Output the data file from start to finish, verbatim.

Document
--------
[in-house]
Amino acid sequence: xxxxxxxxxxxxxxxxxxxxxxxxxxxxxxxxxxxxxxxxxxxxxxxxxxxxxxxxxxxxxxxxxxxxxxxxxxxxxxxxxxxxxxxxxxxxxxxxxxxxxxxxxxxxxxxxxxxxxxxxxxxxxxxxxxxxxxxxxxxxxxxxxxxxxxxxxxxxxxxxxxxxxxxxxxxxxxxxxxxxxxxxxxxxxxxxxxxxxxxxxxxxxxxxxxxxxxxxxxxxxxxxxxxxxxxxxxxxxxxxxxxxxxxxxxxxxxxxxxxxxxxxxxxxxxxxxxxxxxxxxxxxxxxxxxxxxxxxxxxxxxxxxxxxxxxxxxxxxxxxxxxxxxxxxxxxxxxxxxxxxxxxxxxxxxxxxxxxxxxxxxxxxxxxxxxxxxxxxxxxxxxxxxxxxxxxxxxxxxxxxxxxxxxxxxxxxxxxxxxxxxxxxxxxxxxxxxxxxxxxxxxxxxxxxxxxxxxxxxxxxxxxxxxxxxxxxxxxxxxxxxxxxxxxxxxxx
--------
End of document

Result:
[in-house]
Amino acid sequence: xxxxxxxxxxxxxxxxxxxxxxxxxxxxxxxxxxxxxxxxxxxxxxxxxxxxxxxxxxxxxxxxxxxxxxxxxxxxxxxxxxxxxxxxxxxxxxxxxxxxxxxxxxxxxxxxxxxxxxxxxxxxxxxxxxxxxxxxxxxxxxxxxxxxxxxxxxxxxxxxxxxxxxxxxxxxxxxxxxxxxxxxxxxxxxxxxxxxxxxxxxxxxxxxxxxxxxxxxxxxxxxxxxxxxxxxxxxxxxxxxxxxxxxxxxxxxxxxxxxxxxxxxxxxxxxxxxxxxxxxxxxxxxxxxxxxxxxxxxxxxxxxxxxxxxxxxxxxxxxxxxxxxxxxxxxxxxxxxxxxxxxxxxxxxxxxxxxxxxxxxxxxxxxxxxxxxxxxxxxxxxxxxxxxxxxxxxxxxxxxxxxxxxxxxxxxxxxxxxxxxxxxxxxxxxxxxxxxxxxxxxxxxxxxxxxxxxxxxxxxxxxxxxxxxxxxxxxxxxxxxxxxxxxxxxxxx